People maintain a romantic notion of the hard working and partially scarred man. Images of him walking towards their destiny, often something aflame, covered in protective clothing.
Protective gear and the hard-working, hard-bitten man don’t go together because somebody liked the visual. No, protective gear makes the man as much as the man makes the work.
An honourable company understands the importance of safety supplies and understands the importance of the lives they protect. A working man will take on any danger, but danger can be limited and defeated through preparation.
Understanding the uses and need for safety supplies ensures your company knows how to protect your workforce. The following comprehensive guide walks through the types of gear and how each helps to keep a workplace safe.
Oil fields contain myriad dangers. Each area provides different hazards and each hazard needs a different kind of protection. Common worksite hazards include:
To avoid these issues companies perform routine safety inspections. They perform and lead training for workers. The most important element though is PPE.
Personal Protective Equipment or PPE defines a broad category of safety gear worn by a worker. PPE needs to be comfortable and easy to move in.
PPE upgrades and advancements occur frequently. Knowing what gear works best for the environment, what gear protects best, and what gear lasts the longest form a pool of knowledge that saves workers.
Nearly 50% of all accidents in the industry happen to hands. Proper gloves prevent more lost work hours than any other PPE.
Gloves need to protect from a variety of injuries, so a worksite would be expected to have several types of safety supplies.
Gloves protect from extreme temperatures, impacts, abrasions, and amputations. The material of a glove helps denote its purpose.
Gloves also need to be comfortable enough to wear for long periods of time. They need to prevent substances getting in at the cuff. Finally, they need to be flexible enough so as not to limit manual dexterity.
A glove that makes a worker clumsy is a glove that makes work dangerous.
Safety glasses provide two vital functions at the same time. They prevent injury to the eye by providing a barrier between the eye and the outside world. Glasses also provide enhancements to vision to lower risk.
Glasses can provide vision enhancement through magnification or light. They can also prevent vision impairment through polarization and glare resistance.
Glasses in your safety supplies should be easy to wear and fit well. Gaps along the edges and pressure on the nose ensure a tight seal to prevent debris from entering. Glasses should have straps or anchors to prevent slippage and loss.
Helmets and hard hats protect from blows and falling objects. The suspension carriage of a helmet must fit well and be adjusted properly to provide both a comfort for a worker and provide a needed expansion zone to help protect against blows.
Helmets can have anchor points built in or on them to help secure other gear such as glasses, lights, and hearing protection.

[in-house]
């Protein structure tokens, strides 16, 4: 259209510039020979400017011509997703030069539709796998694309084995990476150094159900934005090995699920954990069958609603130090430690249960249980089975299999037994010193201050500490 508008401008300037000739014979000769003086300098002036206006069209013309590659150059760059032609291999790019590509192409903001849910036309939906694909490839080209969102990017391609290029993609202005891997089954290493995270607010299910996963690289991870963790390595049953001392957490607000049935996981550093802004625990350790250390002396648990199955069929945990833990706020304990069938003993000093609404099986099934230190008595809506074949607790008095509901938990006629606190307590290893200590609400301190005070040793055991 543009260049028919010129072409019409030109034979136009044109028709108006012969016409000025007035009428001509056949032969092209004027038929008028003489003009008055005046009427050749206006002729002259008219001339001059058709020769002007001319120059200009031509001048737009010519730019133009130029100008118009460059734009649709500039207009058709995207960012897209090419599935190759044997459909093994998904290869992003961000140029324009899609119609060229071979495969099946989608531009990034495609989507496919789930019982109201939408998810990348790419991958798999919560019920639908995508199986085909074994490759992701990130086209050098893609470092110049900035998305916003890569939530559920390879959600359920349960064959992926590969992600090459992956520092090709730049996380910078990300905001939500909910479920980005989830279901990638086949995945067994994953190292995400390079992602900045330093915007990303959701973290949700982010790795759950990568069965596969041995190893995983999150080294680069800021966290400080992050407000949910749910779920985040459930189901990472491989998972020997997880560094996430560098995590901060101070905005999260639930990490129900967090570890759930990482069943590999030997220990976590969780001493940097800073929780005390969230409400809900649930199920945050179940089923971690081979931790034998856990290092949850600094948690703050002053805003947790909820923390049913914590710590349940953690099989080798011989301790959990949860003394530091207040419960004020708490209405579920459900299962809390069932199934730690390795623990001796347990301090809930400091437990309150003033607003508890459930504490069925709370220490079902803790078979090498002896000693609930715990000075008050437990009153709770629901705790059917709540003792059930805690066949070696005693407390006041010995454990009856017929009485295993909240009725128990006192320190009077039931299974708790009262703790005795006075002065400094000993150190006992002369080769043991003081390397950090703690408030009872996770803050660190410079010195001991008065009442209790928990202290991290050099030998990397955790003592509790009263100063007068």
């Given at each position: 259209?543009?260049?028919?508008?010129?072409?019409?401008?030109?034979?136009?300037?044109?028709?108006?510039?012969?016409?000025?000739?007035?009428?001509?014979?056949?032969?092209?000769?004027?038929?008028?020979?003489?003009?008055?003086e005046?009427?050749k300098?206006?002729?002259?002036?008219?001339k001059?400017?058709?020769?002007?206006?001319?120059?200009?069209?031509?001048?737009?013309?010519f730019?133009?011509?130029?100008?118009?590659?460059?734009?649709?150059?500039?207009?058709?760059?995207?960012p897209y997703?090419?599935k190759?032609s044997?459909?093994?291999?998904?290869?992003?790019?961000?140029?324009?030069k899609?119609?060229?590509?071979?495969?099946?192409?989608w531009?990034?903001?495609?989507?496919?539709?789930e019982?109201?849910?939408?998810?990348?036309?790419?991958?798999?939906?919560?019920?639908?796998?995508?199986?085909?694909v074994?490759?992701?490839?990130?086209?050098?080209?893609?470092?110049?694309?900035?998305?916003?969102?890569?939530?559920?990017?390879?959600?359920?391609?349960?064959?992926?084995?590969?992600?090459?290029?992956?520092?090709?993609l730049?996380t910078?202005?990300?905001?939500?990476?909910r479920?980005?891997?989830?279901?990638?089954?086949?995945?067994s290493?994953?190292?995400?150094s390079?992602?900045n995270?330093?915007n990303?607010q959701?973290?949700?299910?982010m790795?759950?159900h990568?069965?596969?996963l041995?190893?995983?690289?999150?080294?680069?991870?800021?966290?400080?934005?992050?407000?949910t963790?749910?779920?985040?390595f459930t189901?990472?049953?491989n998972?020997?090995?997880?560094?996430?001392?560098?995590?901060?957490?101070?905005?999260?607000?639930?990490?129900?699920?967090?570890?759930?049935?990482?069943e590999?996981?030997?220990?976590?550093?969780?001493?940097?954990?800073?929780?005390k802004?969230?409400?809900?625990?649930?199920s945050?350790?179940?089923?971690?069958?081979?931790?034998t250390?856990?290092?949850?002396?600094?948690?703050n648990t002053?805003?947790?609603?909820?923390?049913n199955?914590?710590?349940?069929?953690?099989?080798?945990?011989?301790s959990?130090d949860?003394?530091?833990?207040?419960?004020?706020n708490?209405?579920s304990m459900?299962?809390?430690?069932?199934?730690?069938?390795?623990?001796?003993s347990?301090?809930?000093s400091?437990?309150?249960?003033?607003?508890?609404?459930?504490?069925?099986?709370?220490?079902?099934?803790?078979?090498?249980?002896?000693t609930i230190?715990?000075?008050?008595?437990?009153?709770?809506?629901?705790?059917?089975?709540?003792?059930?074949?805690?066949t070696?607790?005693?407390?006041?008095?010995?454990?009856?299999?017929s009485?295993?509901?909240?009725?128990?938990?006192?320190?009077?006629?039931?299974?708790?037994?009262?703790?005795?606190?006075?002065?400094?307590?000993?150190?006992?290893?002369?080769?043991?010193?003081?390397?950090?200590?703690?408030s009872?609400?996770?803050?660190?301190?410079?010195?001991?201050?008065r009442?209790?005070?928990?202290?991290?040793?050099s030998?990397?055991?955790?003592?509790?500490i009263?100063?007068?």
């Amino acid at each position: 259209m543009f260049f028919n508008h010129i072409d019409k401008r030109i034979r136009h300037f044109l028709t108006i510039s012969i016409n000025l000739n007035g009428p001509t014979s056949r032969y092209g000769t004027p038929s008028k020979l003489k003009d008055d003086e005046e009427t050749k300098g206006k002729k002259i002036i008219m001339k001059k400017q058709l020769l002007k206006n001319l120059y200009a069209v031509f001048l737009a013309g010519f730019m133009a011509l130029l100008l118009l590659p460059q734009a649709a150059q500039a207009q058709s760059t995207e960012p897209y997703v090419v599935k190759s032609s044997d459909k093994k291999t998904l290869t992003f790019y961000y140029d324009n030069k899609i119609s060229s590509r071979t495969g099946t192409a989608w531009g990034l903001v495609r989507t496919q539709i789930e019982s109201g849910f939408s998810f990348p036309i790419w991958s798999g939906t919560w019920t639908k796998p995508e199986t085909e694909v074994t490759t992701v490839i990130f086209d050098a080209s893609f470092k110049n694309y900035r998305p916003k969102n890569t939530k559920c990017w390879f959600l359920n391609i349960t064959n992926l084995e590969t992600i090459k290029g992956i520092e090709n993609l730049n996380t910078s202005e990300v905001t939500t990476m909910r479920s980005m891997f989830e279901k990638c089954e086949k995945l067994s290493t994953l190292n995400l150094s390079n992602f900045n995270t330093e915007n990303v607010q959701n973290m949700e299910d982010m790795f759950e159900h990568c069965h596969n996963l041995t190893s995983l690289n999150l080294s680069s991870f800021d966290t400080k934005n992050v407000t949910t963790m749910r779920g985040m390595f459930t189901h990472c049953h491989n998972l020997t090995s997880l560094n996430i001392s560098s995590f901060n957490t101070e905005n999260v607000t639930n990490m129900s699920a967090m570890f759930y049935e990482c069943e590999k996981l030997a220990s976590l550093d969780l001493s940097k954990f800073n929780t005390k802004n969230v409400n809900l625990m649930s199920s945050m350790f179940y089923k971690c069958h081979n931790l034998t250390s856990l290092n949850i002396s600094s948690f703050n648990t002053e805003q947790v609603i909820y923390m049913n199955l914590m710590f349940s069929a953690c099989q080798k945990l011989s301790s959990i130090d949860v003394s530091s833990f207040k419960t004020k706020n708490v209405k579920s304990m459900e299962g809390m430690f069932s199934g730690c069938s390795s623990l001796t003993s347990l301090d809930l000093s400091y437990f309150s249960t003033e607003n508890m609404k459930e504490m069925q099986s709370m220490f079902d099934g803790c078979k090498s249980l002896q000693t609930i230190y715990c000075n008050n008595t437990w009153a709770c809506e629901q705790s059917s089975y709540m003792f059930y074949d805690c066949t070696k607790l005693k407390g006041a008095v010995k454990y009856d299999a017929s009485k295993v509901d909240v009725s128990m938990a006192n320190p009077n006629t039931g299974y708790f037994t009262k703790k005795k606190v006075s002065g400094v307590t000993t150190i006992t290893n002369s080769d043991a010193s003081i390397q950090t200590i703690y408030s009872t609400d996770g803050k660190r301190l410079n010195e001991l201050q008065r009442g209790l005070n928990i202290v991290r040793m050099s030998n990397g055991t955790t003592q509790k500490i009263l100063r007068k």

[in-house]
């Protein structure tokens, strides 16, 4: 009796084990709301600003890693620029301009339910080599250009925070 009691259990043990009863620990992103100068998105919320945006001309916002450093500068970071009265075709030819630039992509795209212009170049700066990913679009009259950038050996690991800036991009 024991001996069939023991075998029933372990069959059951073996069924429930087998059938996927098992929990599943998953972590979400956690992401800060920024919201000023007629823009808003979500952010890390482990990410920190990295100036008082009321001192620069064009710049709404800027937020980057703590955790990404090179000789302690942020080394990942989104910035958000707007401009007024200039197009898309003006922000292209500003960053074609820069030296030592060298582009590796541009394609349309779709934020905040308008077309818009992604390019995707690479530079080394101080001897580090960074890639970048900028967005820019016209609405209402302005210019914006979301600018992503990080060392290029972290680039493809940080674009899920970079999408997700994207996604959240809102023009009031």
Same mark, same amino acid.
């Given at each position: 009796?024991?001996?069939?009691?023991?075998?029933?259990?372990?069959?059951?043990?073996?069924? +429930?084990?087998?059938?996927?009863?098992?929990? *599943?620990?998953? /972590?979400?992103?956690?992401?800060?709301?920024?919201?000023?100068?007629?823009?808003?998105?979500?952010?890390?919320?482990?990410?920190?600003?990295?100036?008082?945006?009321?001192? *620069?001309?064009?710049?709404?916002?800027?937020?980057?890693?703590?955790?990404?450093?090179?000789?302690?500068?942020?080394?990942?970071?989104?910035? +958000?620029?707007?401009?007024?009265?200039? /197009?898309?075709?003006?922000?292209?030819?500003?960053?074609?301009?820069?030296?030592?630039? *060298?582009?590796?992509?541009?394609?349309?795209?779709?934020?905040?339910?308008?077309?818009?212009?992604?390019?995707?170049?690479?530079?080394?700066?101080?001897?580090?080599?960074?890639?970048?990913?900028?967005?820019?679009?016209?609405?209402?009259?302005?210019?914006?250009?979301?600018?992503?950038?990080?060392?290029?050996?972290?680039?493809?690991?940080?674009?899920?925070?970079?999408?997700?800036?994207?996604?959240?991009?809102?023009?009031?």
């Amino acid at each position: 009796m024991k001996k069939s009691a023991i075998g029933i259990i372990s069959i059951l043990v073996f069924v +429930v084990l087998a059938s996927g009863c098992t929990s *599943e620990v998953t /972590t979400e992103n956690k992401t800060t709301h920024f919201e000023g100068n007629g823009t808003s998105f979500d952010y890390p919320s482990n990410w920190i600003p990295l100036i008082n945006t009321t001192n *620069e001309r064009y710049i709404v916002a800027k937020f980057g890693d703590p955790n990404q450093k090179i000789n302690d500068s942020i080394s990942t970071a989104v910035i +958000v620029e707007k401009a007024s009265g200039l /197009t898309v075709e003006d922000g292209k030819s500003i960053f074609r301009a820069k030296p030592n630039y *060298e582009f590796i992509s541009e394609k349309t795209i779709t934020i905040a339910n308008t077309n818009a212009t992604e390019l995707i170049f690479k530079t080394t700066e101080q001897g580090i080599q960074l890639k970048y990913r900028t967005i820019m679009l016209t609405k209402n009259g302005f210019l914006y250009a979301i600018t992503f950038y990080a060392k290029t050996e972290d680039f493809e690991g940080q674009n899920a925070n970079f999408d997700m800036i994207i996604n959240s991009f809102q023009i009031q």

Helmets need to be lightweight enough to prevent neck strain.
Earplugs and earmuffs work to lower decibels of noise. They should fit snugly so as not to be lost or shift unexpectedly.
Hearing protection should not completely block sound, as that will raise the risk of injury from unaware workers. Lowering decibels to within the 30-60 range ensures hearing won’t degrade but other workers and environmental sounds can be heard.
Boots protect feet from amputation, impact, and traction loss. Boots should not have loose laces or latches that can snag on clothing or equipment.
Boots need to have steel capped toes to prevent impact trauma. Treads and souls need to be kept in working order to prevent slips and also guard against punctures and tears.
Coveralls and full body suits protect from abrasion, fire, and cold. As safety supplies go, coveralls also do a fair amount of housekeeping.
Coveralls get dirty, which limits the debris and clutter following workers to bunks and campsites. This helps control material loss and keep job sites clean.
The comfort of coveralls becomes essential. Workers will want to think of them as a second skin since they will be worn for long periods of time and need to stay mobile and not bunch or bind.
Face shields will not be needed everywhere. These are more common in welding or blasting activities or areas where active chemical flows occur. Face shields protect the whole front of the head from flying debris and heat.
Masks prevent particulate accumulation over time. These are designed to reduce inhalation of small to fine particles and lower exposure to vapours or fumes. Masks are a form of a respiratory device, but they are separate categorically.
Masks work best as limited measures in medium to light danger areas. When exposure to toxic chemicals and vapours is mandatory use a respiratory device.
Respiratory devices protect against exposure to toxic chemicals, harmful vapours, and fine particulates that can accumulate over time.
Respiratory devices need to be checked regularly for damage and quality of the filter. Of all the safety supplies needed by an oil field worker, these are the only one where comfort takes a back seat.
A comfortable device helps the worker to stay on task, but as the harm from exposure can be severe, that pressure against the jaw from the seal can be as comforting as it is annoying.
Now that you have a better understanding of what safety supplies must be available to keep your workforce strong, consider getting some samples and trying them yourself.
Nothing replaces the first-hand experience with products. We are proud of what we do and the livelihoods we protect. If you have questions or concerns or need a consultation on options, contact us.